Aida Lashinsky

Seagulls, among other birds, hold a growing presence on Seminole's campus.

Aida Lashinsky, Editor-in-Chief

Students enjoy lunch at the outdoor tables as a swarm of shadows sweeps across the pavement, stretching over the media center walls: the seagulls have returned. While a few migrant birds aren’t out of the ordinary during March in Florida, their presence has grown, leading students feeling concerned of the consequences flying overhead.

The main attraction for wildlife is the trash, describes Assistant Principal Michael Hennessy. Discarded chip bags, milk cartons and fries are all eye-catchers for a bird that’s looking for a quick bite to eat. Sticky substances left on the linings of trash cans and tables can also attract bees and wasps, an issue that administration hopes has been combated by stricter cleaning routines.

In charge of managing the outdoor lunch area is just two ground custodians. They meet up once the students leave, scouring table tops and trash cans. Properly discarding of waste is encouraged to face the issue of encroaching wildlife, an action that students can be seen to neglect.

Hennessy states, “I think that it’s important that everyone picks up after themselves when eating. It’s not just a student issue. It’s a Seminole High School community issue. If we make more of a concerned effort of picking up after ourselves and throwing [trash] in the appropriate place, that will help limit the issue of birds.”

Along with not properly discarding trash, some students can be seen alluring the birds with their leftovers.

On the topic of students feeding the birds, senior Joel Sommerfeld states, “It makes some [birds] think that if they come here they’re going to get food, so they’re just going to keep coming in more numbers, which increases the irritation that people are going to have with it.”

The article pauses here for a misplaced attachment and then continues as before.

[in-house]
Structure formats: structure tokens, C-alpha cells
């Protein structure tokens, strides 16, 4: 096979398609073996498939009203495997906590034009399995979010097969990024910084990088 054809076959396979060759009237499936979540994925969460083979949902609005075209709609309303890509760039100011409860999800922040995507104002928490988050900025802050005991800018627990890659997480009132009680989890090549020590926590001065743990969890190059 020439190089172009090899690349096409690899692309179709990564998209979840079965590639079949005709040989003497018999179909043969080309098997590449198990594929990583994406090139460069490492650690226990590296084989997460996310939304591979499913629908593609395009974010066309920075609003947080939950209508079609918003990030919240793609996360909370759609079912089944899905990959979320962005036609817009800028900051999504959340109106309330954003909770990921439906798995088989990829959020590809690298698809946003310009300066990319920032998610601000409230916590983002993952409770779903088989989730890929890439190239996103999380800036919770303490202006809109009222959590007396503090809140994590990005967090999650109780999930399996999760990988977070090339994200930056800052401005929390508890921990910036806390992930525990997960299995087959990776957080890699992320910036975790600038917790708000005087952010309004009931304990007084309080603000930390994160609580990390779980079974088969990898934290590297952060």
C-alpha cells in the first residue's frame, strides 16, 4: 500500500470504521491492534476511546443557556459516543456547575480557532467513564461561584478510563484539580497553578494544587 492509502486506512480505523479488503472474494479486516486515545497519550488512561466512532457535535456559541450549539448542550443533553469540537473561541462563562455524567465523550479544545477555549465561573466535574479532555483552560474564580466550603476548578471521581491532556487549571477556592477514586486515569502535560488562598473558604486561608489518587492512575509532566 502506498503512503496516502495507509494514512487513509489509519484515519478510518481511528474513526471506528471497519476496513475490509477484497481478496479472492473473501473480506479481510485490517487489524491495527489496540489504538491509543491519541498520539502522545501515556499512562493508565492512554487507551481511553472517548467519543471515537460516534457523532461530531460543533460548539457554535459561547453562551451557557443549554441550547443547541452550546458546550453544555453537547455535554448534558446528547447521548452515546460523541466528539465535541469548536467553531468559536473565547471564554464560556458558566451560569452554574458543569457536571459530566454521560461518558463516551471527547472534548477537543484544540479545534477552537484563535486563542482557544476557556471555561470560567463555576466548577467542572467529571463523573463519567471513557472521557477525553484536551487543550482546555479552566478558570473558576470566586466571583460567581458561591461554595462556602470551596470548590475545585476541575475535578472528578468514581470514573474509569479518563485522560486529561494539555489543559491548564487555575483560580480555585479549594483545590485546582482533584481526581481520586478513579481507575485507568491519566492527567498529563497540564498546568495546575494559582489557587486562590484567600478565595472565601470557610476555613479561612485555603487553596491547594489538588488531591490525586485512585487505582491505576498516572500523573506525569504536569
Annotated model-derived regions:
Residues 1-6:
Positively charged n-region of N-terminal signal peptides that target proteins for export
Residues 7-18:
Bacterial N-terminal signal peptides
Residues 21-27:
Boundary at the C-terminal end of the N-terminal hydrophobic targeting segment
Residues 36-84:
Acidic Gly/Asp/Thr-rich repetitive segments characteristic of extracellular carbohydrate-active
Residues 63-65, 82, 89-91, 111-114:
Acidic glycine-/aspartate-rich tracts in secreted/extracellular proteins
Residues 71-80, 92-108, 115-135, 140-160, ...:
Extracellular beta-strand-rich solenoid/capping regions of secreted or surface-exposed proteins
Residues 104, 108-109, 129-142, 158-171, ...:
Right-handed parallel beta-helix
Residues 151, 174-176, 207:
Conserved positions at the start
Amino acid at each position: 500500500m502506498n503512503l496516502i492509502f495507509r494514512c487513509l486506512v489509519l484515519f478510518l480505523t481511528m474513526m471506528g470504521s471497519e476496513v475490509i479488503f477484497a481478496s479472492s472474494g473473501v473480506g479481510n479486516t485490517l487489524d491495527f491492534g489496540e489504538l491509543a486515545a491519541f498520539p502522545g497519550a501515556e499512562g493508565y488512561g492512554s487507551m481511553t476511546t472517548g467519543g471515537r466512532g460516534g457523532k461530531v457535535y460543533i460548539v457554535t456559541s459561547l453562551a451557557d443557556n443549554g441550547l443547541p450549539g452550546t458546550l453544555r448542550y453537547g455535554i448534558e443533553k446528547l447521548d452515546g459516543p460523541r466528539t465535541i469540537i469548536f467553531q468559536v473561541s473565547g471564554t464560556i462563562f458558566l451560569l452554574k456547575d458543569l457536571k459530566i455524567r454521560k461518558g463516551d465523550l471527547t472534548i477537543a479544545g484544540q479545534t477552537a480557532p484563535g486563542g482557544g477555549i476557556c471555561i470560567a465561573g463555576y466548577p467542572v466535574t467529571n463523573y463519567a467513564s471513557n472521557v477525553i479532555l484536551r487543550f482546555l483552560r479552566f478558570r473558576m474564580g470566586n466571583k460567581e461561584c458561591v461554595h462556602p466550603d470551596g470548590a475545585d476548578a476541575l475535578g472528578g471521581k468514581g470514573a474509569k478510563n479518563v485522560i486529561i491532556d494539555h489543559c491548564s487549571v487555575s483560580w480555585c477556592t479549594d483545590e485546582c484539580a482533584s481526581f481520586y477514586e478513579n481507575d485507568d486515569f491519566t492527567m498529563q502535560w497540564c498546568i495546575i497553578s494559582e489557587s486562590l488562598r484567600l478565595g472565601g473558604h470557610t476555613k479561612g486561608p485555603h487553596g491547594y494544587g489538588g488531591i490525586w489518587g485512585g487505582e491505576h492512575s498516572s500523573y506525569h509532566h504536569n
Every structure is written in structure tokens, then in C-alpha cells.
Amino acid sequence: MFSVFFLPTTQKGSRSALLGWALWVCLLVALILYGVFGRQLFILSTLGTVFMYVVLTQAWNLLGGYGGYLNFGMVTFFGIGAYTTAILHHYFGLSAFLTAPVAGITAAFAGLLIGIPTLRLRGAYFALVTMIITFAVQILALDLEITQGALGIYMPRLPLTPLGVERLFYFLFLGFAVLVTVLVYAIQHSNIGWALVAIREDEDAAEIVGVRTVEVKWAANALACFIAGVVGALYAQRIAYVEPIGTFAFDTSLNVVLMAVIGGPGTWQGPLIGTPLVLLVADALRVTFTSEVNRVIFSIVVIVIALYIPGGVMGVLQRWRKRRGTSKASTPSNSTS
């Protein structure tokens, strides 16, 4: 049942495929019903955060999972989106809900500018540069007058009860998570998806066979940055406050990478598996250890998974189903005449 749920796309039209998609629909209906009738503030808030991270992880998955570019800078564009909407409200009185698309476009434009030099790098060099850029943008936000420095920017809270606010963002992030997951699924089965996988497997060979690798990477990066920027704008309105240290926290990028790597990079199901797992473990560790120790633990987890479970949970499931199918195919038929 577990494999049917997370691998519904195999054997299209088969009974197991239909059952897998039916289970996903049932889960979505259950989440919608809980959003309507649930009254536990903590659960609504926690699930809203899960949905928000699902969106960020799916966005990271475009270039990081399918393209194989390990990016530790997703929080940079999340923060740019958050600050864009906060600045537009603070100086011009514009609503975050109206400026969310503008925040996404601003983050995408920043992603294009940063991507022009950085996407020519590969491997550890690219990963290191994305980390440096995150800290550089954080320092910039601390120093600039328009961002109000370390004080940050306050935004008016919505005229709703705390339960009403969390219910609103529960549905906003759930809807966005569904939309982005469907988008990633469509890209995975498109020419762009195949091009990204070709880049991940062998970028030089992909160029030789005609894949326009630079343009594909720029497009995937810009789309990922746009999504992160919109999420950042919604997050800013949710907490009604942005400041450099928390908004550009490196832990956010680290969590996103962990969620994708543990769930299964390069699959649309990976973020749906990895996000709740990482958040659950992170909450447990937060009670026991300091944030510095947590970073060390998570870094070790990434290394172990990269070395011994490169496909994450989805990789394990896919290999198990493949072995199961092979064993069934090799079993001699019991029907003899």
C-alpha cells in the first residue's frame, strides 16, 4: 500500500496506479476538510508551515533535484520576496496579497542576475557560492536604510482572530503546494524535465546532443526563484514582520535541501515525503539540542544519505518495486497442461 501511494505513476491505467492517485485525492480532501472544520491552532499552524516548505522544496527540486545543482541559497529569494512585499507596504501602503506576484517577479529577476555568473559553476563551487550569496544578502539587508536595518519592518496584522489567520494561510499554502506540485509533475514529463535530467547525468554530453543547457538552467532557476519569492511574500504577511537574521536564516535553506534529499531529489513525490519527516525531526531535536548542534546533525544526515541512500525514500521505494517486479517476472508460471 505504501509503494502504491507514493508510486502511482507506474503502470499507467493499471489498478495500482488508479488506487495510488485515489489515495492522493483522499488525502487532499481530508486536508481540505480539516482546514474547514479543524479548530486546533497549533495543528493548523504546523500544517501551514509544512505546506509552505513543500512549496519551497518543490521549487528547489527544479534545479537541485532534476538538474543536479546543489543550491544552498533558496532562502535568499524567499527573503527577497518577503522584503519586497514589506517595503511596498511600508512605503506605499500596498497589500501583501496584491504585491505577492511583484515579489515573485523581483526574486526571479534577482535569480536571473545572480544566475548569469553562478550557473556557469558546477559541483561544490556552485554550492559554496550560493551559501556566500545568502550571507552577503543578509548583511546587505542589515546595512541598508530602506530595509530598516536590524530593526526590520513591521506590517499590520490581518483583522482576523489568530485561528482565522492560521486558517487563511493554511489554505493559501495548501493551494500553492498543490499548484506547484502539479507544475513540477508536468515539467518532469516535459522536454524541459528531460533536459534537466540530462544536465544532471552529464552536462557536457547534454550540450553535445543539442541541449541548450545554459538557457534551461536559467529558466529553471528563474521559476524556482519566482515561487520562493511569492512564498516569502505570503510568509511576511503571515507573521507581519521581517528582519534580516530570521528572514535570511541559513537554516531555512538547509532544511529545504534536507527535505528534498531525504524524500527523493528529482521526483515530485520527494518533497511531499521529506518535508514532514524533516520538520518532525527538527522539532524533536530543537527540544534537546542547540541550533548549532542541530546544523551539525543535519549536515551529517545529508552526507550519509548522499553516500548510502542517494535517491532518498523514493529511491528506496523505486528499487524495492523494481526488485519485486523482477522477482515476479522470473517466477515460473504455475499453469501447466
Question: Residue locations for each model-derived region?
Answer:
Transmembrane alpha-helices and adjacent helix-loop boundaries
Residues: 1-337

Over the years, school administration has attempted to divert the birds by lining clear string over the outdoor lunch area. The effort helped in the short term, but the birds have outsmarted the design and learned to dive at an angle beneath it.

It’s become a common sight to see crows and seagulls scouting the pavement for scraps, sometimes straying just feet from where students sit. Several teens are discomforted by the presence of wasps and other insects as well, due to the fear of being stung. Senior Jared Reddecliff, however, states that insects and birds are simply a natural occurrence, and don’t yet call for high concern.

“[The animals are] a part of nature. And some people just don’t realize that,” says Reddecliff. “They won’t hurt you. People just overreact.”

Encroaching wildlife is not an issue unique to Seminole; larger schools such as the University of Florida have had to set policies as well, acknowledging issues of feral cats, raccoons and alligators. While SHS doesn’t have to face any gators, they will continue to practice measures of control to combat the growing number of winged visitors. 

Birds often wander close to students, looking for a bite to eat.
Aida Lashinsky
Birds often wander close to students, looking for a bite to eat.